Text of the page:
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...locality, or what is “local,” still expresses the perspective at the edges to catch cool breezes.”18 Th e governor’s resi-Fig. 6.9 Elevations (left to right) of the governor’s residence at Chandigarh, Dongsipjakak, sador’s offi ce, in contrast, soars like the roofl ine of a tra-create the visual eff ect of traditional raft ers (fi gure 6.12). ...
Chapter 7 The Semantics of Technology
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Fig. 7.1 St. Mary’s Hospital, Jong-Soo Kim, 1958–1963 (Photo Th is notion of “internal truth” is well illustrated in the membrane structures. Th e fi rst is the “air-support type,” his own time the meaning of technology (fi gure 7.20).Fig. 7.19 Olympic gymnastic stadium, Swoo-Geun Kim, ...
Part III From Modernization to Globalization
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Chapter 8 Discovering Reality
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...fi rst, a “cultural” disease, namely, the illusion that every the ‘here and now’.”8 Th is assertion refl ected the state of had an affi nity with the concept of “critical regionalism” traditions.”12 Th e design of the room signifi ed a shift in work at Jose Luis Sert’s offi ce. Sert’s work infl uenced Woo ...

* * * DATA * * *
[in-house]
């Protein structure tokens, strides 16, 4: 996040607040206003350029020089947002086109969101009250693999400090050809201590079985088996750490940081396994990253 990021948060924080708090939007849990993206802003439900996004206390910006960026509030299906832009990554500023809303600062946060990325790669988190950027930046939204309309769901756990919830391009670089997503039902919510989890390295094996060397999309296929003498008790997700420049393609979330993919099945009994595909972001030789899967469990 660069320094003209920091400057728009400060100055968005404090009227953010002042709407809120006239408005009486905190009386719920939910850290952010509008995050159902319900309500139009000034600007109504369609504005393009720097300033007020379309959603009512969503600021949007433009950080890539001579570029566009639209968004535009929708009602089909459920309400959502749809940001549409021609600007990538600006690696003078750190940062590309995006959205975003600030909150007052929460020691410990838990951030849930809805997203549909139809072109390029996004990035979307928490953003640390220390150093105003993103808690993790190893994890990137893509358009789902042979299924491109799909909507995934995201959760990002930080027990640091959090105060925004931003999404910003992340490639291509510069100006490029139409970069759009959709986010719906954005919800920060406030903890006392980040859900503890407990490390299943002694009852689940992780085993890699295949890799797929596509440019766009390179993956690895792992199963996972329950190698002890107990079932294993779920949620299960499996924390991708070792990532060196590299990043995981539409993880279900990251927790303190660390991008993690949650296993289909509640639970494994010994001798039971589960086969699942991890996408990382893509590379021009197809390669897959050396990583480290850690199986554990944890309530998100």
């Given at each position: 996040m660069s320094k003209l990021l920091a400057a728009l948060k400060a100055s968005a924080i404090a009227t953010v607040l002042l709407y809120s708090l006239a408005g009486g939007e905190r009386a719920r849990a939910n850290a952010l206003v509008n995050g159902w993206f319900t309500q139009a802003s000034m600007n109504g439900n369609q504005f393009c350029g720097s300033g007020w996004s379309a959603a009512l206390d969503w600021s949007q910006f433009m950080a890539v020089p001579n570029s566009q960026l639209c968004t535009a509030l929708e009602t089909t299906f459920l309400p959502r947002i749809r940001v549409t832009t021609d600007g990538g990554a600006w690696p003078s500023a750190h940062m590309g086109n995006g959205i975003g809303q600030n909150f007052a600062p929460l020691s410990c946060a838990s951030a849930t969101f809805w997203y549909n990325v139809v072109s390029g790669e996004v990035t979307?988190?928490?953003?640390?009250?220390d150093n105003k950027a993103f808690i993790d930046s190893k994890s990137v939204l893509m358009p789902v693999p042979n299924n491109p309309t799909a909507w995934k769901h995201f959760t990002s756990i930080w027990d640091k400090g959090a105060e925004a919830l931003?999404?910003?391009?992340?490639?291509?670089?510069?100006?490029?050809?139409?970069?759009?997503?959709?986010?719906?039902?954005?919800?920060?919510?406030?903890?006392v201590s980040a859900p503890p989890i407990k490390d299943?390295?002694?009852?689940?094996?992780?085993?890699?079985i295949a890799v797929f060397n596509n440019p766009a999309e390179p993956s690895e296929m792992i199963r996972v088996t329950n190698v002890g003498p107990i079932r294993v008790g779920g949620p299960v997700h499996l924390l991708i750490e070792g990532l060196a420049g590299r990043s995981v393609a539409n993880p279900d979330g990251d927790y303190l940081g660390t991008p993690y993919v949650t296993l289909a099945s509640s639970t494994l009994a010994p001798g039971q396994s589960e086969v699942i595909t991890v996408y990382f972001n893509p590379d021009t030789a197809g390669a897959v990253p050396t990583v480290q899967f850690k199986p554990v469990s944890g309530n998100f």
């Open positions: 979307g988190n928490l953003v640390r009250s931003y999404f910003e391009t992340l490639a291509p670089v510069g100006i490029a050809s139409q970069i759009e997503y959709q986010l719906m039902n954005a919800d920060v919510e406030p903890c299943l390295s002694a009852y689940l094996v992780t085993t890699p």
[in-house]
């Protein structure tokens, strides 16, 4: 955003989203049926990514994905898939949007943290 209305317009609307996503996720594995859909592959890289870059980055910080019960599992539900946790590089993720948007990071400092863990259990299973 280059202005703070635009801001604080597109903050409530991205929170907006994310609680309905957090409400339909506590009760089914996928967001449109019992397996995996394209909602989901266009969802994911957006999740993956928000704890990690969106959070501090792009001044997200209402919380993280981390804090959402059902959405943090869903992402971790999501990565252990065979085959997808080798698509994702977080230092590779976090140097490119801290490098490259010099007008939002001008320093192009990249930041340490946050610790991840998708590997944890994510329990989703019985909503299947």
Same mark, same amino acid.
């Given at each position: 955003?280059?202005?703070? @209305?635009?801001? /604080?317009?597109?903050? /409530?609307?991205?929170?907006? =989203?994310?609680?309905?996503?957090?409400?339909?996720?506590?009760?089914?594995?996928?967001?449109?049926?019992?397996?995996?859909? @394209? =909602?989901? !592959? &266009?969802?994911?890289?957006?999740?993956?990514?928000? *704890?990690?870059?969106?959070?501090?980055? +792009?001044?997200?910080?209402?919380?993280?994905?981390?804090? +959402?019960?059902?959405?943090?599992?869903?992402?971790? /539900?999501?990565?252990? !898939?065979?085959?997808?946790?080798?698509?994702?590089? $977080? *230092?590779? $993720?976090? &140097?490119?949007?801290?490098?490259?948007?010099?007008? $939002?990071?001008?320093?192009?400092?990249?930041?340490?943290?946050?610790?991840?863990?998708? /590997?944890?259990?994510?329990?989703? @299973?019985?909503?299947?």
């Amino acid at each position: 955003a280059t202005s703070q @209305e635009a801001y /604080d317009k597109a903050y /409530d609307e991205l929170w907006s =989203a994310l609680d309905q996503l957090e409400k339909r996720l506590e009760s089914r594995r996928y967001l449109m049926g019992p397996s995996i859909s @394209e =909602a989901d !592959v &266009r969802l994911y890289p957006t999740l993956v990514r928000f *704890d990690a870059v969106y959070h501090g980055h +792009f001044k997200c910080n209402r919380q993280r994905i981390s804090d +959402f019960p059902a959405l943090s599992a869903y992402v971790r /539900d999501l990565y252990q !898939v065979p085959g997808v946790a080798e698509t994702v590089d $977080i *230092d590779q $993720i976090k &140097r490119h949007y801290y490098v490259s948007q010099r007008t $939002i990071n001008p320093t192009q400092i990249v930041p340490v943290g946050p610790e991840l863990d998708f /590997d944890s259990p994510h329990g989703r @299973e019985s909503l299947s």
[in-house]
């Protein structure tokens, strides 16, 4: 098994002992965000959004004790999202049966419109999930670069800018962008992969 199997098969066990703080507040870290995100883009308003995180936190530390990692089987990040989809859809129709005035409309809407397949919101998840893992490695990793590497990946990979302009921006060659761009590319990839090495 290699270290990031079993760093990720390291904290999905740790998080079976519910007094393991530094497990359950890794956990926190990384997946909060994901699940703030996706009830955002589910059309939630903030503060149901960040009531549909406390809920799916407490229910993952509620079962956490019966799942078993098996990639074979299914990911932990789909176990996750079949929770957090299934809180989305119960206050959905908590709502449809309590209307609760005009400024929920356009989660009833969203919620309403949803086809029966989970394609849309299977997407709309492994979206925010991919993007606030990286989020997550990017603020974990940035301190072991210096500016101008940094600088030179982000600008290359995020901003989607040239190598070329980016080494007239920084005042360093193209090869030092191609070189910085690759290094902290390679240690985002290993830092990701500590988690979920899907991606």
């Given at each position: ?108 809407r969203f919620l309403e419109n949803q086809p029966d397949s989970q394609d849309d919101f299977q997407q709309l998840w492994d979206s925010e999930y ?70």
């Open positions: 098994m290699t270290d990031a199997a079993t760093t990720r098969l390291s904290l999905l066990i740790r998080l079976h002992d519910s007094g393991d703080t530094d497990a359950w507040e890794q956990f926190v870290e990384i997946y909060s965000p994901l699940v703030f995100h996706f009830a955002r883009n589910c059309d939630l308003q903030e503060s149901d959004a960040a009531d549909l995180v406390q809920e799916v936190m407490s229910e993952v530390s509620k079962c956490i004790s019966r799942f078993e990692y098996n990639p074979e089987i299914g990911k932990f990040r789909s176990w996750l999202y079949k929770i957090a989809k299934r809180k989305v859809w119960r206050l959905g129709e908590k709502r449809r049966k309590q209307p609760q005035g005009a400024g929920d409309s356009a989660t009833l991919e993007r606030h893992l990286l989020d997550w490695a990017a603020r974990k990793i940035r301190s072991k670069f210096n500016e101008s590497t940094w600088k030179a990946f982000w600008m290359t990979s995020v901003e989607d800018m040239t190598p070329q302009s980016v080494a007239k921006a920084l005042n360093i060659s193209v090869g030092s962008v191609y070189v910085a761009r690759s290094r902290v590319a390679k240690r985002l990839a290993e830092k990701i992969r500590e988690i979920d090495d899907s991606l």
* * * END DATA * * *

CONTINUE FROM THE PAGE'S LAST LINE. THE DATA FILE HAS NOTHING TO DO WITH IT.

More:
Chapter 9 New Paradigms for Urban Design
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...refl ected in the city’s link to its airport.”6 Another central feature in KPF’s plan is a strip of commercial offi ce space Fig. 9.5 Songdo master plan, 2011 (Courtesy of Incheon Free Economic Zone)defi nes “an evolving city typology.”19 Diff erent types of Fig. 9.12 Subaekdang, Hyo-Sang Seung + Florian Beigel, 1998 (Photo ...
Epilogue: A Correlative Architecture between the Void and the Solid
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Th is book has presented a comprehensive overview of architectural and urban development in Korea within the broad framework of modernization. A meaningful conclusion can only be drawn if we begin with an understanding of the modernization process. Korea’s modernization cannot be explained by any single widely accepted theory. It followed its own distinctive trajectory in several respects, leaving two daunting tasks to the observer. Th e fi rst is to answer the question whether Western-centric concepts of ...
Appendix: Profiles of Korean Architects and Planners
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Publication Year: 2013
Series Title: Spatial Habitus: Making and Meaning in Asia’s Architecture